IN THE LIBRARY
I stopped by my local branch of the NYC public library this week. I wasn’t hunting for books, but actually was looking for a copy machine that takes coins. I needed a single copy of a sales receipt from Toshiba to send in with the mail-in rebate form. I’ve been disappointed with the quality of my last two Dell laptops, on one the hard drive died after three years and with the most recent one the hinges and frame cracked after two years. (No, I didn’t drop it. And the casing isn’t covered by the warranty.) So I decided to try a Toshiba. (I am a little worried, because the brand new computer starts clicking every so often.) And I can get about $100 rebate back from Toshiba once I get this copy. Unfortunately, the copy machine in the library was “Out of Service.” The old-style copy machine with coin slots seem to be a thing to the past, as today most require credit cards.
Anyway while I was at the library, I thought I would take a look at its small cookbook collection. And much to my delight, there on the shelf was a copy of my Encyclopedia of Jewish Food. (Oops, my laptop just clicked again. I do hope it’s not a sign of a problem.) Anyway, I’m quite pleased by the acceptance of Encyclopedia of Jewish Food as a resource tool. I visited the offices of Saveur magazine a few weeks ago and everyone there was already familiar with EJF. Karen, the research editor, keeps a copy of EJF on her desk as one of her primary research tools, but admits it is borrowed frequently by other staff members. In addition, I noticed from my Google Alerts that quite a few writers are citing EJF. (I also noticed that some writers lately have been using information directly from EJF without an acknowledgement, which is irritating.) Encyclopedia of Jewish Food is even the source to use in Mumbai, India: http://www.mid-day.com/specials/2011/jul/240711-Falooda-Badshah-dessert-drink.htm
Anyway, it is gratifying that EJF is being recognized and used. I would hate to think that it would be one of those volumes that sits on the shelf and gathers dust.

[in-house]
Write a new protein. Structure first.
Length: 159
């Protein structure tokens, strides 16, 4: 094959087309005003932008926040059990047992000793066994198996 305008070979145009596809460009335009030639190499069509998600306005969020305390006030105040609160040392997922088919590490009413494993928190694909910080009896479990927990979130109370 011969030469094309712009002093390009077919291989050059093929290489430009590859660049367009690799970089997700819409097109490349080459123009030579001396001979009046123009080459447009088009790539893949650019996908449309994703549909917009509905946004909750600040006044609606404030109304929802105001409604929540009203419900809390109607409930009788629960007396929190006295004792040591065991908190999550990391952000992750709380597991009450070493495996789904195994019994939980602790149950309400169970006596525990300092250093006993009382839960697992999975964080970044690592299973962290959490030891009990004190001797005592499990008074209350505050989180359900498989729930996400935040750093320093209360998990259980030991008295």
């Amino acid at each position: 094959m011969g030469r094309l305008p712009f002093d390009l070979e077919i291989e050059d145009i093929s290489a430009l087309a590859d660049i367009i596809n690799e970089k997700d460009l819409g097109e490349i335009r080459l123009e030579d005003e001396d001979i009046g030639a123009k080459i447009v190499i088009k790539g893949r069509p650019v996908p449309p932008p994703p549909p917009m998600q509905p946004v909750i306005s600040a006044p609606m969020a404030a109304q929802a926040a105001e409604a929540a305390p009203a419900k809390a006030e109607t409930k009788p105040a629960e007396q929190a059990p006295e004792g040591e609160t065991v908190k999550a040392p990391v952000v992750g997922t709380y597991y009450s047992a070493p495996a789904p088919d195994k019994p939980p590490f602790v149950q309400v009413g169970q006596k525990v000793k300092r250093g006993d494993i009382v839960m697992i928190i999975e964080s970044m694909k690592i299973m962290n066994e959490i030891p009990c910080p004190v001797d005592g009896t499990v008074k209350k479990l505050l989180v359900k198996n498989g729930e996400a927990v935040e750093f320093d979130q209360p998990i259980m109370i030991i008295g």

Yet it seems that a lot of people still aren’t aware of its existence. This week I ran into a high school classmate, Moshe, who I had not seen in a number of years. As we quickly attempted to catch up and I discussed EJF, he had not heard about it. I was in Baltimore for the weekend (that’s why this blog is a little late) and ran into several old acquaintances who were also unaware of EJF. Without massive advertising (or actually any advertising), I have to rely on word of mouth to spread the news about EJF. (Don’t forget to tell your friends and relatives about the Encyclopedia of Jewish Food. And it makes a great gift.) Part of the nature of the book publishing world is that an author has to sell enough copies of their current book in order to publish the next one.
I’ll be appearing at Stony Brook Hillel Sunday Sept 4 at 3:30 for Festival of Bites: http://alumniandfriends.stonybrook.edu/page.aspx?pid=299&cid=1&ceid=131&cerid=0&cdt=9%2F4%2F2011
I even have a few appearances in Israel in September and October, including for the Israel Association for Ethiopian Jews. Later I’ll be at the Denver JCC Book Fair 350 S. Dahila Street on Monday October 31 at noon. And at the Great Neck Library 159 Bayview Avenue, Great Neck on Sunday December 11 at 11:00 am. And I have a few scholar-in-residence gigs in the winter and spring. (For information on my demos/lectures, see http://www.gilmarks.com/1257.html on my website.)
Writing a book is not only about getting it published, but promoting it. Any I have to rely on word of mouth to help spread the word. My previous book, Olive Trees and Honey, is doing as well today as ever (it was published in 2005), precisely because of world of mouth. And Encyclopedia of Jewish Food showing up on library shelves is a good sign. But years ago I once had a lady approach me after a lecture, telling me how much she loved my book and how she Xeroxed recipes from it from a copy in her library. Not exactly what an author wants to hear.